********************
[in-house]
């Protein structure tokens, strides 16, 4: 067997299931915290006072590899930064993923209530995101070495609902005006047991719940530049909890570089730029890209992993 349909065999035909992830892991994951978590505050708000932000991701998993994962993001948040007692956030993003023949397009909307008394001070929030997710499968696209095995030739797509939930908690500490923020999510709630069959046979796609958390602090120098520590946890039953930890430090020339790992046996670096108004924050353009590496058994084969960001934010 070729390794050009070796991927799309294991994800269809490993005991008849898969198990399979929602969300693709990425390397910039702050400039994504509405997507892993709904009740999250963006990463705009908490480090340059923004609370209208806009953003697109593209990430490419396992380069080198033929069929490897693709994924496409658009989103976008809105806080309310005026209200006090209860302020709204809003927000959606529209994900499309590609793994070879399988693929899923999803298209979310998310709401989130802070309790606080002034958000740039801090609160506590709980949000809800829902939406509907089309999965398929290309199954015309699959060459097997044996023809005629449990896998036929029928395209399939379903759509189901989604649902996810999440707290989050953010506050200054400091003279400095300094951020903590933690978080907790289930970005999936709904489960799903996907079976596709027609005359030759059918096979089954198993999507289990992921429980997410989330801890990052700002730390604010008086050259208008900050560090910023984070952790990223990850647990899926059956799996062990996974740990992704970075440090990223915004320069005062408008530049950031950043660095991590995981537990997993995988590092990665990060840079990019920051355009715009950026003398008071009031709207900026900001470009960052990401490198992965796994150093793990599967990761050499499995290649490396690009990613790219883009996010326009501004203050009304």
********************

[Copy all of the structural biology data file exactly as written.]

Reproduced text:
[in-house]
């Protein structure tokens, strides 16, 4: 067997299931915290006072590899930064993923209530995101070495609902005006047991719940530049909890570089730029890209992993 349909065999035909992830892991994951978590505050708000932000991701998993994962993001948040007692956030993003023949397009909307008394001070929030997710499968696209095995030739797509939930908690500490923020999510709630069959046979796609958390602090120098520590946890039953930890430090020339790992046996670096108004924050353009590496058994084969960001934010 070729390794050009070796991927799309294991994800269809490993005991008849898969198990399979929602969300693709990425390397910039702050400039994504509405997507892993709904009740999250963006990463705009908490480090340059923004609370209208806009953003697109593209990430490419396992380069080198033929069929490897693709994924496409658009989103976008809105806080309310005026209200006090209860302020709204809003927000959606529209994900499309590609793994070879399988693929899923999803298209979310998310709401989130802070309790606080002034958000740039801090609160506590709980949000809800829902939406509907089309999965398929290309199954015309699959060459097997044996023809005629449990896998036929029928395209399939379903759509189901989604649902996810999440707290989050953010506050200054400091003279400095300094951020903590933690978080907790289930970005999936709904489960799903996907079976596709027609005359030759059918096979089954198993999507289990992921429980997410989330801890990052700002730390604010008086050259208008900050560090910023984070952790990223990850647990899926059956799996062990996974740990992704970075440090990223915004320069005062408008530049950031950043660095991590995981537990997993995988590092990665990060840079990019920051355009715009950026003398008071009031709207900026900001470009960052990401490198992965796994150093793990599967990761050499499995290649490396690009990613790219883009996010326009501004203050009304």